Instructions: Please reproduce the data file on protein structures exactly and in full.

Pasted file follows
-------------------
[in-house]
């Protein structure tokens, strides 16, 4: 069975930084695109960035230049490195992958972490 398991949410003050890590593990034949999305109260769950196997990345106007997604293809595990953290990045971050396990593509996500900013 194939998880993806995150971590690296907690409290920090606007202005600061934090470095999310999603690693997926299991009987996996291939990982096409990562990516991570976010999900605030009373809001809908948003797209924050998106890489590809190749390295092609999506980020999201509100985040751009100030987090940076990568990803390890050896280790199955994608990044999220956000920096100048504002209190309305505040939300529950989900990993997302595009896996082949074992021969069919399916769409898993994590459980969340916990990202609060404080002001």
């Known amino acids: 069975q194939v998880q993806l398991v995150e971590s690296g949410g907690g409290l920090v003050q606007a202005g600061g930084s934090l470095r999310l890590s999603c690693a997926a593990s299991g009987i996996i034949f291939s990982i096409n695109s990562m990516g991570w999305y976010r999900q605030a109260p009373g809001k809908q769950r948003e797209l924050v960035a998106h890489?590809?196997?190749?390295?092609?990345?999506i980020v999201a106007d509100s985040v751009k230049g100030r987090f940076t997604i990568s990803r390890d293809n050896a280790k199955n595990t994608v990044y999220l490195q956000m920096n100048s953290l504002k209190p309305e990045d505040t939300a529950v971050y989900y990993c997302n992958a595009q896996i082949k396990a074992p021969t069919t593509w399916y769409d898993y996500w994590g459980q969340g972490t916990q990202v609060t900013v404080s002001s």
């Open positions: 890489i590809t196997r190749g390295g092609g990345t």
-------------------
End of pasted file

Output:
[in-house]
């Protein structure tokens, strides 16, 4: 069975930084695109960035230049490195992958972490 398991949410003050890590593990034949999305109260769950196997990345106007997604293809595990953290990045971050396990593509996500900013 194939998880993806995150971590690296907690409290920090606007202005600061934090470095999310999603690693997926299991009987996996291939990982096409990562990516991570976010999900605030009373809001809908948003797209924050998106890489590809190749390295092609999506980020999201509100985040751009100030987090940076990568990803390890050896280790199955994608990044999220956000920096100048504002209190309305505040939300529950989900990993997302595009896996082949074992021969069919399916769409898993994590459980969340916990990202609060404080002001």
């Known amino acids: 069975q194939v998880q993806l398991v995150e971590s690296g949410g907690g409290l920090v003050q606007a202005g600061g930084s934090l470095r999310l890590s999603c690693a997926a593990s299991g009987i996996i034949f291939s990982i096409n695109s990562m990516g991570w999305y976010r999900q605030a109260p009373g809001k809908q769950r948003e797209l924050v960035a998106h890489?590809?196997?190749?390295?092609?990345?999506i980020v999201a106007d509100s985040v751009k230049g100030r987090f940076t997604i990568s990803r390890d293809n050896a280790k199955n595990t994608v990044y999220l490195q956000m920096n100048s953290l504002k209190p309305e990045d505040t939300a529950v971050y989900y990993c997302n992958a595009q896996i082949k396990a074992p021969t069919t593509w399916y769409d898993y996500w994590g459980q969340g972490t916990q990202v609060t900013v404080s002001s």
């Open positions: 890489i590809t196997r190749g390295g092609g990345t």